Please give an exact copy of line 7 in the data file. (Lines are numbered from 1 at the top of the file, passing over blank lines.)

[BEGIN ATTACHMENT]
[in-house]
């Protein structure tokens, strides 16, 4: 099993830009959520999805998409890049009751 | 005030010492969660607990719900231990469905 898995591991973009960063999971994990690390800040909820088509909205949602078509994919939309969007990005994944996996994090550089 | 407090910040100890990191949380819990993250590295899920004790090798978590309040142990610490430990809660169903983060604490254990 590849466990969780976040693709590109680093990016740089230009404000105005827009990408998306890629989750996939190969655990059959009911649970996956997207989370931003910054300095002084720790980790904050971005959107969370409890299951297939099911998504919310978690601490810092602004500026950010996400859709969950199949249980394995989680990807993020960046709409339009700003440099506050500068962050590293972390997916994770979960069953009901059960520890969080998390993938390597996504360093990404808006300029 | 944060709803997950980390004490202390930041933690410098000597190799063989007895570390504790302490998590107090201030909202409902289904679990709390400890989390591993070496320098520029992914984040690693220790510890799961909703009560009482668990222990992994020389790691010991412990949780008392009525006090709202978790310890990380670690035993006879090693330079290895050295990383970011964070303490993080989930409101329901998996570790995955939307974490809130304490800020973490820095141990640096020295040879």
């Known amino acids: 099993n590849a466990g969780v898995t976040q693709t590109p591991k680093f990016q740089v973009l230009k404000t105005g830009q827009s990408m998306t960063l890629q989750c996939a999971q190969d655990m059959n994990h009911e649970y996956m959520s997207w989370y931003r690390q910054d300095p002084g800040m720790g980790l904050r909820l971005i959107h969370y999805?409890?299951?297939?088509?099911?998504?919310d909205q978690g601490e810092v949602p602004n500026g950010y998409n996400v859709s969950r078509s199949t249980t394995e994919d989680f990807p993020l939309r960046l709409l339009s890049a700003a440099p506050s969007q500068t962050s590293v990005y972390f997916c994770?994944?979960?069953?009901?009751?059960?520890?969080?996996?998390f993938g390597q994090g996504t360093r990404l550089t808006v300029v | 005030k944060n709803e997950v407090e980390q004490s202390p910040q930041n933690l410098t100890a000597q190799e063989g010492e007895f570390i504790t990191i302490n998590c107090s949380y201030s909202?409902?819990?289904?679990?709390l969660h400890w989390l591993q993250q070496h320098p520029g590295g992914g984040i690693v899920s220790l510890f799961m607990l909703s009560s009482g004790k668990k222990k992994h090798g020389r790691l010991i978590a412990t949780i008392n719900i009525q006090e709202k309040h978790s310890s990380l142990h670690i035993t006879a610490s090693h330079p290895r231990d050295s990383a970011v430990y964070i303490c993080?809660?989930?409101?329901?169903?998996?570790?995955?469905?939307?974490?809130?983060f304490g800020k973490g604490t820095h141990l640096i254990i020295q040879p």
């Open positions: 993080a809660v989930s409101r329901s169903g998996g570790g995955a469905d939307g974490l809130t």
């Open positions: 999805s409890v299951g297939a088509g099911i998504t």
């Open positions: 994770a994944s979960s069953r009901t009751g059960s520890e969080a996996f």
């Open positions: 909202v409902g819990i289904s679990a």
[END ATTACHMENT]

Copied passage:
């Open positions: 909202v409902g819990i289904s679990a």